Some people manage their vehicles like tubes of caulking – use them up and throw them away. Not me. I aim for a long haul relationship with my wheels because it’s cheaper and better that way. If you’re willing to trade the panache of a new vehicle for cash in your pocket, then long haul ownership is the way to go. I’m cheap and I’ve crunched the numbers. I know this approach works because I’ve driven the talk for more than 25 years.
On average I’ve spent less than $1000 a year repairing and maintaining my 1990 Ford F150 4WD in top shape since buying it used back in 1998. This figure even includes a professional repainting job I had done in 2009 (which still looks great, by the way). This works out to “payments” of about $80 per month for owning the vehicle. Compare this to financing a new truck, and it’s way, way less. Why is it that people think nothing of dropping $500 to $600 a month on new vehicle payments, yet if they had to pay half that each month for repairs, they’d figure they were driving a lemon? I suspect it’s a way of justifying the high cost of the glitz that a new vehicle brings. And while glitz pays off for some, do you really need it? Here are the best ways I’ve found to keep vehicles working well on a shoestring budget
Annual Oil-Type Spray
This is a vital no-brainer, but it hardly ever happens. I’m not talking about undercoating, but an oil-type treatment applied underneath and inside all body parts. I favour Krown Rust Control because it’s got a long track record and continues to creep slowly into every nook and cranny. I like Rust Check, too. Ford trucks like mine were never known for rust resistance, yet when I had mine repainted, there wasn’t a single spec of rust anywhere. If the body goes bad, there’s no way a long haul maintenance strategy makes sense. That’s why annual rust prevention is key. Spend $140 a year and rust becomes a non-issue.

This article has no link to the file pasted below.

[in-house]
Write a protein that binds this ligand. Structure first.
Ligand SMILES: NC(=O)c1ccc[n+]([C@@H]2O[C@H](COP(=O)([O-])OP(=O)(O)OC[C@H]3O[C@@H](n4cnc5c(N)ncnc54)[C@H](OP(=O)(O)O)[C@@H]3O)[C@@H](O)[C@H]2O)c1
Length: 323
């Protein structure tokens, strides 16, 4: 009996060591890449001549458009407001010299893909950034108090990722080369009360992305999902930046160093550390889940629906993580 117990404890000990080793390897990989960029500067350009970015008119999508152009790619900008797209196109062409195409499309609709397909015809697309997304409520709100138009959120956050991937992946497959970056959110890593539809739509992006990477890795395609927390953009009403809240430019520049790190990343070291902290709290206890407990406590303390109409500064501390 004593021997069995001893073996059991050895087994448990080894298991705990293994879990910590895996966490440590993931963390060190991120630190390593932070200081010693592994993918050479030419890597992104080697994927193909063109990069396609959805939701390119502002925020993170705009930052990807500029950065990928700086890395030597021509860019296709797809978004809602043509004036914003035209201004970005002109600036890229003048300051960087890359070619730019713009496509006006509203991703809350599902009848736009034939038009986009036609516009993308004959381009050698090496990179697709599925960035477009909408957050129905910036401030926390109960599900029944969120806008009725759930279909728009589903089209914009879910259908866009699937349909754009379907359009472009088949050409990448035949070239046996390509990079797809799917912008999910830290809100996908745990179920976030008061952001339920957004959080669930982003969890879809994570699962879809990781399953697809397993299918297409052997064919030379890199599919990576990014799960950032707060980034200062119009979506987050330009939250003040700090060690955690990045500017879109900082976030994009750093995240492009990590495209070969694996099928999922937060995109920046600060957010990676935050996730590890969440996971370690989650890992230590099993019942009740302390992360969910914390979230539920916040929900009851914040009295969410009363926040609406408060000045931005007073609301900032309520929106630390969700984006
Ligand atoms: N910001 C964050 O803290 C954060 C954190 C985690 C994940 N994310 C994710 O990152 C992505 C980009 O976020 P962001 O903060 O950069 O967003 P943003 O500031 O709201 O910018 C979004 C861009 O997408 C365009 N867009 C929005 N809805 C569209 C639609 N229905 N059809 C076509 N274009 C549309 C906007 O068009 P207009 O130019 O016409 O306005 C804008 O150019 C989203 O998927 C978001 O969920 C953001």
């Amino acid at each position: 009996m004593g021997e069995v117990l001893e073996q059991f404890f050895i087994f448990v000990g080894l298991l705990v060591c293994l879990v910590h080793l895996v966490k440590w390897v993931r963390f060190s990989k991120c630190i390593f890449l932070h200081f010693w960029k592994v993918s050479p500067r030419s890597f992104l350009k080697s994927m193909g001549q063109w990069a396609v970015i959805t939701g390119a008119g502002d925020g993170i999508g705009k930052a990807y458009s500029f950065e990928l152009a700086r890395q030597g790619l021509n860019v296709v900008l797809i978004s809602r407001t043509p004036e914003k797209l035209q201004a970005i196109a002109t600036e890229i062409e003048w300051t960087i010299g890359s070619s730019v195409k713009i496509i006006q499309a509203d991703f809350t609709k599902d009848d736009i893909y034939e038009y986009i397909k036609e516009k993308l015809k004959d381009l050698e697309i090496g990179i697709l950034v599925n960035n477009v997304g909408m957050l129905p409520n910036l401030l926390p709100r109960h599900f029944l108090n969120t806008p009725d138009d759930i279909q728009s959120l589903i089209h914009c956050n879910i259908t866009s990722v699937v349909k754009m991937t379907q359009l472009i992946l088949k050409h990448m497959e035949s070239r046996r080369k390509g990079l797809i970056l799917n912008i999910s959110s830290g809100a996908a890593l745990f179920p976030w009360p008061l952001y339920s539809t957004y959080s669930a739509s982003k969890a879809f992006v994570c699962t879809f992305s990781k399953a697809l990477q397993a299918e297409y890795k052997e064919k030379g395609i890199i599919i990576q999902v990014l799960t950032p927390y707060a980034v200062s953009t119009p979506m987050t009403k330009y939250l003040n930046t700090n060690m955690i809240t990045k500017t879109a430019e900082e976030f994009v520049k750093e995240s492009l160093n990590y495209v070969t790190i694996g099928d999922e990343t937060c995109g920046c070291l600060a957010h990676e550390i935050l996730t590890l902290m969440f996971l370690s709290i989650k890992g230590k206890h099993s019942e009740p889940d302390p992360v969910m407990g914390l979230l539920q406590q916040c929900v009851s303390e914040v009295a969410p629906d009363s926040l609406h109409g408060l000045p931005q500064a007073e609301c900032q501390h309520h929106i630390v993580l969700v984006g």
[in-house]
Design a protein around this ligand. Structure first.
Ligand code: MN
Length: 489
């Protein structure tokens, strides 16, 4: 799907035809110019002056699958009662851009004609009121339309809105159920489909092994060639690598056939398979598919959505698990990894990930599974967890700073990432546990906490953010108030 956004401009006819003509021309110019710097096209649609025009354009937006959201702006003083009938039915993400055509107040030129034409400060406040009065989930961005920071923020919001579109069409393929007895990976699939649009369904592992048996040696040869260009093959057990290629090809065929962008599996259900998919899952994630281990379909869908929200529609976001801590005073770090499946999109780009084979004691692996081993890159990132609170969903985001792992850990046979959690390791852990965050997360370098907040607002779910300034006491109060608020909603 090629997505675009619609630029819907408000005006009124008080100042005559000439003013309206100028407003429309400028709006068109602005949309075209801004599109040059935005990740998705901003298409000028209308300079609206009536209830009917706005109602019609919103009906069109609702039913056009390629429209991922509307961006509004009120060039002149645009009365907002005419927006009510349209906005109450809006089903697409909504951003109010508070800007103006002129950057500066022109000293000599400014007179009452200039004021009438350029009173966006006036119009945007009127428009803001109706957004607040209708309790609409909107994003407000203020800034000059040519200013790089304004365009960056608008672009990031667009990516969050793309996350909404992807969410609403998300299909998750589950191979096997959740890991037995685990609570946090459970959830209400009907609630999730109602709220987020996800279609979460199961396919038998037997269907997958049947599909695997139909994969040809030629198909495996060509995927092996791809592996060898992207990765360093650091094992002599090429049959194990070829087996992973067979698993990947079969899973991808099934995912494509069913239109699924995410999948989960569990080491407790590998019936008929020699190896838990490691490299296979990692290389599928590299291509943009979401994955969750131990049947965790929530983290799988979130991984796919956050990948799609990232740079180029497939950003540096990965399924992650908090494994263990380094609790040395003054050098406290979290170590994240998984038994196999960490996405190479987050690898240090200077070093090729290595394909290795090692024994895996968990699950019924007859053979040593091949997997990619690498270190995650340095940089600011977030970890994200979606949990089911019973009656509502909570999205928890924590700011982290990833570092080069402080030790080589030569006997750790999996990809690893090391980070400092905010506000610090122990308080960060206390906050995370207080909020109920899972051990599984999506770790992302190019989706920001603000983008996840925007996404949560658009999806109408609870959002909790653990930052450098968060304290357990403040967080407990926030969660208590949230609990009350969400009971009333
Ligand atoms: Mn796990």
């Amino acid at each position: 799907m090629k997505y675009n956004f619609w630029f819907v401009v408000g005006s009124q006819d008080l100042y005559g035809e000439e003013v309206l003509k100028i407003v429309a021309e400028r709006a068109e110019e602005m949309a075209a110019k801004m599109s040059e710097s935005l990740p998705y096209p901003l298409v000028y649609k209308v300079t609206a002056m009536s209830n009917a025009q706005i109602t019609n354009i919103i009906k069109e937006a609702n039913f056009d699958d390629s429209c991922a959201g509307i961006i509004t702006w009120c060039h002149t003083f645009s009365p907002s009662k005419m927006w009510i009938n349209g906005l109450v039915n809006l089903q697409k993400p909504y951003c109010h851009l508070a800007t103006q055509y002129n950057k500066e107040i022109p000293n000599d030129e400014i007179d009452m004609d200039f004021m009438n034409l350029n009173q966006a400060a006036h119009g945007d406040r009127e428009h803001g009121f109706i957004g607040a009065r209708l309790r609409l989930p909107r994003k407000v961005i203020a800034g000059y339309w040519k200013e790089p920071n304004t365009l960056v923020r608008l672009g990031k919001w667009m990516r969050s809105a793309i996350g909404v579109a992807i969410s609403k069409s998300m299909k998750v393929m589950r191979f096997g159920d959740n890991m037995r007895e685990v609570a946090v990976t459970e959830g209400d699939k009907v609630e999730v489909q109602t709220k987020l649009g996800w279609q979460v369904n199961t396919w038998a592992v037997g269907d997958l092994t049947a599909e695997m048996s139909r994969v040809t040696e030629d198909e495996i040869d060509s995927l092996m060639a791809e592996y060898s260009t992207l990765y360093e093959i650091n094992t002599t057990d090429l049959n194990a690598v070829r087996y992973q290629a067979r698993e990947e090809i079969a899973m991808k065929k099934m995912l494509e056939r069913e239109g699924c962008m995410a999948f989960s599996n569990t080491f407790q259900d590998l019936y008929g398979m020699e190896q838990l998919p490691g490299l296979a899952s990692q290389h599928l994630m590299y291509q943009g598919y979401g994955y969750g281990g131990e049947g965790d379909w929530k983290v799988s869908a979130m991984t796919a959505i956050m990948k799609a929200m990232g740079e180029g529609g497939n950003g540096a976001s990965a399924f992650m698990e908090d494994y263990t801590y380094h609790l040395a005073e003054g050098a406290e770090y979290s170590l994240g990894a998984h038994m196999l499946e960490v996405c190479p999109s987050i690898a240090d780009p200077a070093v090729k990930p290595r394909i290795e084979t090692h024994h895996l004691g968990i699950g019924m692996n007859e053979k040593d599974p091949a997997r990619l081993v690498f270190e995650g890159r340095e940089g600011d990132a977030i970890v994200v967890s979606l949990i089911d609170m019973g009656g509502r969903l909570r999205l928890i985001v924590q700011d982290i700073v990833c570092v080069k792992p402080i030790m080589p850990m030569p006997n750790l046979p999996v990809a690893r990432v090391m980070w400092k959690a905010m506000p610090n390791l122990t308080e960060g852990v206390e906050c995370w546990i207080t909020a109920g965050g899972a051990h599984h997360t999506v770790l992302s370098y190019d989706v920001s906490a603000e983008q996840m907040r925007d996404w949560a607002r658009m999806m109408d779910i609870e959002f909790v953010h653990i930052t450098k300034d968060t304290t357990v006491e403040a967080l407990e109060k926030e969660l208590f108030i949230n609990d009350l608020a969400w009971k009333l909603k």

Use Replaceable Seat Covers
This sounds so simple, but it makes all the difference. Seat covers take the wear that would otherwise tear work truck seats to shreds, and they can be taken out and washed. In 18 years of owning my current truck, I’m on my fourth set of seat covers. I don’t baby the vehicle, yet the seats always look decent.
Drill Exhaust System Drainage Holes
Corrosion of exhaust systems isn’t an issue when they’re made of stainless steel, but you can extend the working life of the much more common galvanized mufflers and pipes by drilling a 1/8” diameter drainage hole or two in the lowest part of the system. Condensed exhaust moisture is highly acidic, and eats steel fast if it’s allowed to pool internally. Before discovering this trick I’d get two or three years from an exhaust system. Two small drainage holes drilled when my current galvanized system was new has kept things quiet and solid since 2003. That’s 13 years on the same exhaust system.
Replace Essentials Before They Let You Down
Reliability is vital in a work truck, and that’s why it makes sense to change key components before they break. Starter motors, batteries, brake lines, motor mounts, belts, hoses and filters are all things that are cheap to replace proactively, before they turn into an expensive, schedule-busting break-down. Click on the window to the right to watch the story of my Ford F150 over the years.
Change Transmission Fluid
Transmissions made up to about the mid-1980s would operate happily for hundreds of thousands of miles without the need to change fluid. Things are different now. Changing tranny fluid and filter every 100,000 km is an essential maintenance feature because transmissions are built differently these days. Without fresh fluid, they’ll burn out and hit you with a big and avoidable repair bill.
If everyone adopted my kind of vehicle-management habits, the auto industry would look a lot different than it does. I admit, it wouldn’t be in good shape. That said, if you’re thinking that maybe you don’t need to spend quite as much as you do on a work truck or car, you may just be right.